She used to beg her grandmother to get it down from the high glass shelf of the cabinet and let her hold it. Gently, gently, with two hands, only when she was sitting on her bottom, only when her hands were clean and steady. She learned to keep her hands clean and steady. Learned to ask the way her grandmother wanted to hear. Learned to remember the settled feeling in her belly even when it wasn’t in her hand.
The hairline crack was still visible. He fixed the break, the fracture that separated it into half-moons, splitting into duality, no longer whole. He was as precise as she was. He researched how to repair fine porcelain on youtube. He had tears in his eyes as he mixed the chemicals to make the sealant, and again when he smoothed the outside until she couldn’t even feel it with her fingertips. He presented it to her again. He gave it back to her. He as much as raised it in both hands on bended knee.
There was nothing to do but go forward. She cradled it in both hands, careful not to have too much soap. It was reparable, she told herself. The sealant was made from gold, too. A fine river-shape down the side where her thumb sat. It was stronger than it had ever been before. But she knew the line was there. She will always know it is there. And someday it will be more beautiful than it was before.
Recently, I’ve noticed quite a few questions—both in the Submissive Playground course and in the Ask Me Anything box—concerning kink, trauma, and wellness, particularly about psychological kink play like D/s and Daddy/girl dynamics and whether or not they are “good” for you.
After my own recent experience of a D/s Daddy/girl relationship dynamic “going sour,” as I’ve been phrasing it, I have many of my own questions about the ways that these dynamics can contribute to emotional or psychological damage, can play into our past hurts or traumas, and/or can cause further harm.
I do deeply believe that D/s and other psychological kink play can be healthy, but like any relationship, can also be profoundly unhealthy. It’s not the dynamic that determines that health or damage so much as it’s the relationship—and a thousand other factors.
(Even categorizing relationships as “healthy” or “unhealthy” is oversimplified, since I think no relationship is entirely “healthy” or “unhealthy” all the time.)
I realized I needed some other expert opinions on kink and wellness, so I have been reaching out to some of the mental health practitioners that I know who are kink-friendly and knowledgeable.
This is my first interview so far, with Dr. Matt Goldenberg in Seattle. He and I have been friends for more than 10 years, and I am really grateful to know him and have access to his smart brain!
A couple of the resources we mention in the interview:
- Kink Aware Professionals directory includes many professionals, not exclusively psychologists and therapists
- “Justine’s List” – FetLifer Referrals to BDSM aware & Kink-friendly helping professionals – Therapist, psychotherapist, psychologist, psychoanalyst, doctor, body-worker, lawyer, legal office, medical practitioner, health, insurance, family & probate, marital – on Fetlife.com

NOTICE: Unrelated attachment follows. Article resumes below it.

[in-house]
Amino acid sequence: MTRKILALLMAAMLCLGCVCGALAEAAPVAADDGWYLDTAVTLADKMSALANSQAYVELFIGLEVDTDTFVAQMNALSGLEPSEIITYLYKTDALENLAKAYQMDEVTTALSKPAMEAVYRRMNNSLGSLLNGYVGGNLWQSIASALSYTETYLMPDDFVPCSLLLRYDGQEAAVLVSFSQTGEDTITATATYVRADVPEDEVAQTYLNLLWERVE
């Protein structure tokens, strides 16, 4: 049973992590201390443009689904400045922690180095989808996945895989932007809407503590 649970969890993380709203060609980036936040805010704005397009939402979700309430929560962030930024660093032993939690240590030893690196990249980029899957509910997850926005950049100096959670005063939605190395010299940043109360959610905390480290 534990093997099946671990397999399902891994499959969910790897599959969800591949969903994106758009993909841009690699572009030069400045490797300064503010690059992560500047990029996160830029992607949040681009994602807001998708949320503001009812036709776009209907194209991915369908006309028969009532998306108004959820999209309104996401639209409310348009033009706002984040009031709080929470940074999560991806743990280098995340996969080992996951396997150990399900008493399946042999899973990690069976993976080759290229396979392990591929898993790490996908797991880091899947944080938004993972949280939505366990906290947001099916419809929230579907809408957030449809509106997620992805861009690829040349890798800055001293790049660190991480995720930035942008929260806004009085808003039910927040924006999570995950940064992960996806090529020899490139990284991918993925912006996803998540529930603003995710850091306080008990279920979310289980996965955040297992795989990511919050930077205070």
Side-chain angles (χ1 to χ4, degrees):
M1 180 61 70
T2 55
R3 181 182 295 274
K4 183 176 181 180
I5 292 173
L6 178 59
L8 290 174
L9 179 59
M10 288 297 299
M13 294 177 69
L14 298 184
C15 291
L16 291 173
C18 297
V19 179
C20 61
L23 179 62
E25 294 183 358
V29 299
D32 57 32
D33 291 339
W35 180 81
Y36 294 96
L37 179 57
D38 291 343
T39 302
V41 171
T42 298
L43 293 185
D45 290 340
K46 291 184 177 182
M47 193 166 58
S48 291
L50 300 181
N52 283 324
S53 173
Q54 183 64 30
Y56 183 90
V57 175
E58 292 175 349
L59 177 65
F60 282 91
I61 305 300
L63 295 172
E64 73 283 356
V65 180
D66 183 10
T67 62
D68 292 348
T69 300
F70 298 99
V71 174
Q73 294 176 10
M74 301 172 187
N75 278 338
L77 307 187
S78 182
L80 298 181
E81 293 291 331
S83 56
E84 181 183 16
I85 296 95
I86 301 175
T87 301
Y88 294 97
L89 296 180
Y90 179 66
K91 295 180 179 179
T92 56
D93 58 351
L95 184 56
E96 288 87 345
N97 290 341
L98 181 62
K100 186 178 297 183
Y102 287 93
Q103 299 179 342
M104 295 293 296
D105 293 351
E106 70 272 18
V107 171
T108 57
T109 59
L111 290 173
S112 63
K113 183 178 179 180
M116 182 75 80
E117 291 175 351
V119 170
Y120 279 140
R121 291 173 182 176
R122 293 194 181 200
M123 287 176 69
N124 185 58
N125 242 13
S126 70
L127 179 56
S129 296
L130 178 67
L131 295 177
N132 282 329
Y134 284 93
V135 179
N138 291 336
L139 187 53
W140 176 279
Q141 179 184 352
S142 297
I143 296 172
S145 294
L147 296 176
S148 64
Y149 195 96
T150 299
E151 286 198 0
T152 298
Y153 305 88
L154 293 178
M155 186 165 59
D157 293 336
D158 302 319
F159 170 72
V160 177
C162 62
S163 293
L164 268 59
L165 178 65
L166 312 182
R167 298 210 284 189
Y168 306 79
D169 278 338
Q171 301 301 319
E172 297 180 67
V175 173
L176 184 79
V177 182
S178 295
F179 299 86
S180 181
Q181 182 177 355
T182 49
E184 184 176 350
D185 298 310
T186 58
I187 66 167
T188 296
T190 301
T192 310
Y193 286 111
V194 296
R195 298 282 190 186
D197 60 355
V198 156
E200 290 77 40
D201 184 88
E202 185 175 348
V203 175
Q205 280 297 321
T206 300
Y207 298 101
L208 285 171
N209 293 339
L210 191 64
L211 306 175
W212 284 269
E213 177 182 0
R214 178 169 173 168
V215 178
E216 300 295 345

- Essay on finding a suitable therapist, in the Justine’s List group on Fetlife
As I’ve been pondering, and through this interview, this is what I’ve been thinking:
- I don’t believe any particular act is inherently healthy or unhealthy (except perhaps illegal ones, or ones deemed “morally wrong” by the community at large, which are generally things like non-consent)
- The same act can be “healthy” and feel great for some people and be “unhealthy” and feel bad for other people, and the same act for the same people at different times could feel healthy or unhealthy depending on the circumstances.
- The biggest indicators of “unhealthy” scenes or moments in kink are feelings. If things aren’t feeling right, they probably aren’t.
But I still have a lot of questions, like:
- It is my belief that no fantasy is inherently wrong, and that playing with deep psychological triggers can sometimes be incredibly healing. What to you is the relationship between mental wellness and the practice of kink?
- How do you know if the kind of kink you’re practicing is contributing to your compulsions or damage, rather than healing it?
- What are the signs that one should watch for that may indicate someone is in a “danger zone”, playing with things they perhaps shouldn’t be?
As I delve deeper into psychological kink play, the nuances of it are increasingly interesting for me … This may be the beginning of a larger project.
I have a few more psychologists and therapists to conduct interviews with already. Do you have any suggestions for mental health practitioners who are knowledgeable about kink (they don’t have to be kinky themselves, but some knowledge is important), and who may want to talk to me? Have them get in touch, or send an email introducing us: [email protected]
Do you have other psychological kink and wellness questions? Ask me here in the comments, and who knows, I may ask your question in the next interview.